• Georgio “The Dove” Valentino

    Georgio “The Dove” Valentino

    You Brought a Knife to a Gunfight (Tom Perkins Entertainment). Review by Aaron Shaul.

  • New York Dolls

    New York Dolls

    Even if you’re not a child of the ’70s, sweep the comic books off your coffee table — Matthew Moyer thinks you should make room for New York Dolls: The Photographs of Bob Gruen.

  • Modest Mouse

    Modest Mouse

    After fifteen years, Modest Mouse is at the top of the game. Jen Cray was one of many who felt their majesty at a recent Orlando concert.

  • Sarandon

    Sarandon

    Kill Twee Pop! (Slumberland). Review by Aaron Shaul.

  • Northern Portrait

    Northern Portrait

    The Fallen Aristocracy EP (Matinée). Review by Aaron Shaul.

  • Duran Duran

    Duran Duran

    Jen Cray finds herself at a Duran Duran concert in 2008, and missing the AquaNet smell of a zillion emotional teenaged girls.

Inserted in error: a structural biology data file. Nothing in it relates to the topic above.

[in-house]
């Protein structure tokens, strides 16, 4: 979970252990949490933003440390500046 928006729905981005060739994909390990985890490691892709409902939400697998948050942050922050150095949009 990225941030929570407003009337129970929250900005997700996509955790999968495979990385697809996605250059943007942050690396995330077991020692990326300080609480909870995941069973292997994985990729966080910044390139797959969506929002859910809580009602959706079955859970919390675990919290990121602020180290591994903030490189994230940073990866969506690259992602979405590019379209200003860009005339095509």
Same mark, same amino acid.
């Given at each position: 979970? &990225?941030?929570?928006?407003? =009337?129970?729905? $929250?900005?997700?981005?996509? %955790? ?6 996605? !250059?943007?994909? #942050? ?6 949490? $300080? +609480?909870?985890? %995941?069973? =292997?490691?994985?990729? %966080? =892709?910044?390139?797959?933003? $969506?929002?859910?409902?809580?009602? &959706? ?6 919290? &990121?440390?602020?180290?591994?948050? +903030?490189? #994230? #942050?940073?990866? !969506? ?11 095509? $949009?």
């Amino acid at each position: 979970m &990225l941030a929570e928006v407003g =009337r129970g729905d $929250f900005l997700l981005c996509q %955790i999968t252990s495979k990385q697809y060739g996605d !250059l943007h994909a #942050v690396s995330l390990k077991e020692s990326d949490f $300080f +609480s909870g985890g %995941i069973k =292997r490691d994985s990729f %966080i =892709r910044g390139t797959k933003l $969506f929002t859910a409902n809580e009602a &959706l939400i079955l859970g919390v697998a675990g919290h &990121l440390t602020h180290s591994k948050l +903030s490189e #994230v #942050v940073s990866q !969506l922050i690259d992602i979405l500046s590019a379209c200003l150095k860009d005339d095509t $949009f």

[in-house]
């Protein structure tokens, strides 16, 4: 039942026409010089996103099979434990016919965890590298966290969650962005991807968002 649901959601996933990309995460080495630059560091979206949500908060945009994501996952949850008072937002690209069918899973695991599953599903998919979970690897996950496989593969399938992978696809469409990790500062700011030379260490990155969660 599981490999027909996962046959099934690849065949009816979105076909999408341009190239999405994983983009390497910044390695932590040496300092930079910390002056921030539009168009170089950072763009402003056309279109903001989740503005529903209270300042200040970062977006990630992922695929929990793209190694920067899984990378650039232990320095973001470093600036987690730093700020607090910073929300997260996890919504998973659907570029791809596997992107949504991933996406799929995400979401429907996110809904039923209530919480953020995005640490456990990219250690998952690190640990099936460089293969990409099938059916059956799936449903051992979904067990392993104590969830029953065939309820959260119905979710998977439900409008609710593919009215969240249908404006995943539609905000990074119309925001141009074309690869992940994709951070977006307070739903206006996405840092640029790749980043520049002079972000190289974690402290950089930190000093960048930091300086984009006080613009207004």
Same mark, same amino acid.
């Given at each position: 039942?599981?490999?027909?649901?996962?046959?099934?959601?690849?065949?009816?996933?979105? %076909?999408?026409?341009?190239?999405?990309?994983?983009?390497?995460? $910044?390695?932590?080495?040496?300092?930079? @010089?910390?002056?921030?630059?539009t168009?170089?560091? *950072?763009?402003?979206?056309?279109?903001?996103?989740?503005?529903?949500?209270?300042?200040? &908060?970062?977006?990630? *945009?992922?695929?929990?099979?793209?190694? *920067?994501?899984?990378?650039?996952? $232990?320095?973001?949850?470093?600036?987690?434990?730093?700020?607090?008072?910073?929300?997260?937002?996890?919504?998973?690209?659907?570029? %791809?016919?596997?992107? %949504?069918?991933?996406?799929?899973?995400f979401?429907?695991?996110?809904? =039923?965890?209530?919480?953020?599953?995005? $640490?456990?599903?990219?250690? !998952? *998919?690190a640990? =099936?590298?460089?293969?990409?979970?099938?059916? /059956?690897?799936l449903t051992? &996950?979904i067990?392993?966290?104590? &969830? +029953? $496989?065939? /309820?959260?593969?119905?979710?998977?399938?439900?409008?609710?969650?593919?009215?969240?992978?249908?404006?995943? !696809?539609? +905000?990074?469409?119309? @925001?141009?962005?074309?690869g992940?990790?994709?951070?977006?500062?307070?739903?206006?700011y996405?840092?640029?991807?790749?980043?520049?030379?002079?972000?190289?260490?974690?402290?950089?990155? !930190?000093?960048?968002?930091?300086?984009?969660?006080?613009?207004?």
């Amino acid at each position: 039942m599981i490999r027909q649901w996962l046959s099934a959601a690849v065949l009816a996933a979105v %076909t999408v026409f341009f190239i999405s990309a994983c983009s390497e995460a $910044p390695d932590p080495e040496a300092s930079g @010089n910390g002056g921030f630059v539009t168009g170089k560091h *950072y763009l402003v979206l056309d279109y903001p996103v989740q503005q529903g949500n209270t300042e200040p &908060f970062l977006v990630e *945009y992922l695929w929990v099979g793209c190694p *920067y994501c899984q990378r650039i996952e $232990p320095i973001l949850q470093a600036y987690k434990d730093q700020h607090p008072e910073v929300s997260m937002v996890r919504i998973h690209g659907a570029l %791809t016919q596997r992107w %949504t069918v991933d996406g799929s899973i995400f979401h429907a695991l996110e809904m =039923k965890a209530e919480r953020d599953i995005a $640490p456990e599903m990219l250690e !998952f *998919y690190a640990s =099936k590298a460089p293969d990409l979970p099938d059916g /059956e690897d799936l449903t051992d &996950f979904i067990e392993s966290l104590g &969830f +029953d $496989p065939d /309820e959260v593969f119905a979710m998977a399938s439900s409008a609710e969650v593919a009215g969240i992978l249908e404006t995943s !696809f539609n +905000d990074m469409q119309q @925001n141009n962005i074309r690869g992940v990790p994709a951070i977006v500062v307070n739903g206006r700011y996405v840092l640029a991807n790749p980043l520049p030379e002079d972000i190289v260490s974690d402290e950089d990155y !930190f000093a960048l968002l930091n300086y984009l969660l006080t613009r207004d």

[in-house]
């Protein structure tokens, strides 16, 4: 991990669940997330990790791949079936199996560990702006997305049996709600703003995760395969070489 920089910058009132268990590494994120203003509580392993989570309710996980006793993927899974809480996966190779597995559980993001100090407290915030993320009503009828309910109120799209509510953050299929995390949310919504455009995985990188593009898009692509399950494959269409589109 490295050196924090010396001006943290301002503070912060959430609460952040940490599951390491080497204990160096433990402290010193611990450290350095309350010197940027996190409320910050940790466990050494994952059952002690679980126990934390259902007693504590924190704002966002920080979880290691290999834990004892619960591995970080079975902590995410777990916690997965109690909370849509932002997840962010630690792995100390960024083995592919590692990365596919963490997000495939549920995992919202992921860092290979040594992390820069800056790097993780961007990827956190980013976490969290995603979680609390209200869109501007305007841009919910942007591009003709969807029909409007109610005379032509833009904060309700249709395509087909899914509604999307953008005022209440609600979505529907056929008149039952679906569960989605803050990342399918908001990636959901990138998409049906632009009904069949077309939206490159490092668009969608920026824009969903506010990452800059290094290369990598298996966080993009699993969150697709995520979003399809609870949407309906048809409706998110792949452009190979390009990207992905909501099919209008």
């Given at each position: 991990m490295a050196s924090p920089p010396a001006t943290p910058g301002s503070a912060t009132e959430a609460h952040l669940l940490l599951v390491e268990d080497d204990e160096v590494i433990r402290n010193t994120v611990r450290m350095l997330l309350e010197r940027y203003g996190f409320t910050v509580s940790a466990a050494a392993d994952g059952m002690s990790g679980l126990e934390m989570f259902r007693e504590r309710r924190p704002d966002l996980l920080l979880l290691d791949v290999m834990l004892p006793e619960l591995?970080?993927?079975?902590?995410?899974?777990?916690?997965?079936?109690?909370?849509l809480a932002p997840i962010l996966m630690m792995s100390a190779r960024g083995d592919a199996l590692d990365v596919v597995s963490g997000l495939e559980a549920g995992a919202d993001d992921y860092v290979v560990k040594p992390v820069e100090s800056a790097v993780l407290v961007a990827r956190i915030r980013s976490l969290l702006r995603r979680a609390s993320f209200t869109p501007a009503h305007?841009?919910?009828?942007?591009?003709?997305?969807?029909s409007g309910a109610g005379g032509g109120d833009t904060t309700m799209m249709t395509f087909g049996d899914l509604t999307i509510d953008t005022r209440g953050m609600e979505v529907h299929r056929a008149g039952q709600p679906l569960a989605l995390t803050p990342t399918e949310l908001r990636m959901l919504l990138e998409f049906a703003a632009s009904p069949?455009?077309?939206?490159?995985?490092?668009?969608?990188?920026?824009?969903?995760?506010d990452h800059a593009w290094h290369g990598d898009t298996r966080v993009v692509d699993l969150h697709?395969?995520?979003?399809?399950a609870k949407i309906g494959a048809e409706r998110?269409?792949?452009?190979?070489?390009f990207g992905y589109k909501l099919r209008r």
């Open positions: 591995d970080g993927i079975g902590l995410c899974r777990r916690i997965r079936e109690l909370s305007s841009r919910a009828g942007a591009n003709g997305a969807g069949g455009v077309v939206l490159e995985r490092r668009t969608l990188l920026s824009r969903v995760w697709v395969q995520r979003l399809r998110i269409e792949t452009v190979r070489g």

• Levy

    Levy

    Rotten Love (One Little Indian). Review by Aaron Shaul.

  • Girl In A Coma

    Girl In A Coma

    Both Before I’m Gone (Blackheart). Review by Jen Cray.

  • Anagram

    Anagram

    The Lights Went Up (Scenery). Review by Aaron Shaul.

  • The Kooks

    The Kooks

    Straight from a music school in Brighton to the top of the charts in England, The Kooks are the United Kingdom’s answer to The Strokes. Jen Cray spoke with their charming frontman Luke Pritchard about making it in the States.

  • Deerhoof

    Deerhoof

    It’s taken Deerhoof thirteen years to grab widespread attention, but now that the media is paying attention the fans have followed. Jen Cray was one among many who crammed into The Social in Orlando, FL, to see what all the fuss is about.

  • Patrick Krief

    Patrick Krief

    The Dears’ mighty guitarist Patrick Krief has stepped up to the plate to write, perform and produce his very first solo effort. Just a week before the release of his debut solo work, and while still on the road with his band, he took the time to talk with Jen Cray.

  • Pelle Carlberg

    Pelle Carlberg

    Everything. Now! (Twentyseven). Review by Aaron Shaul.

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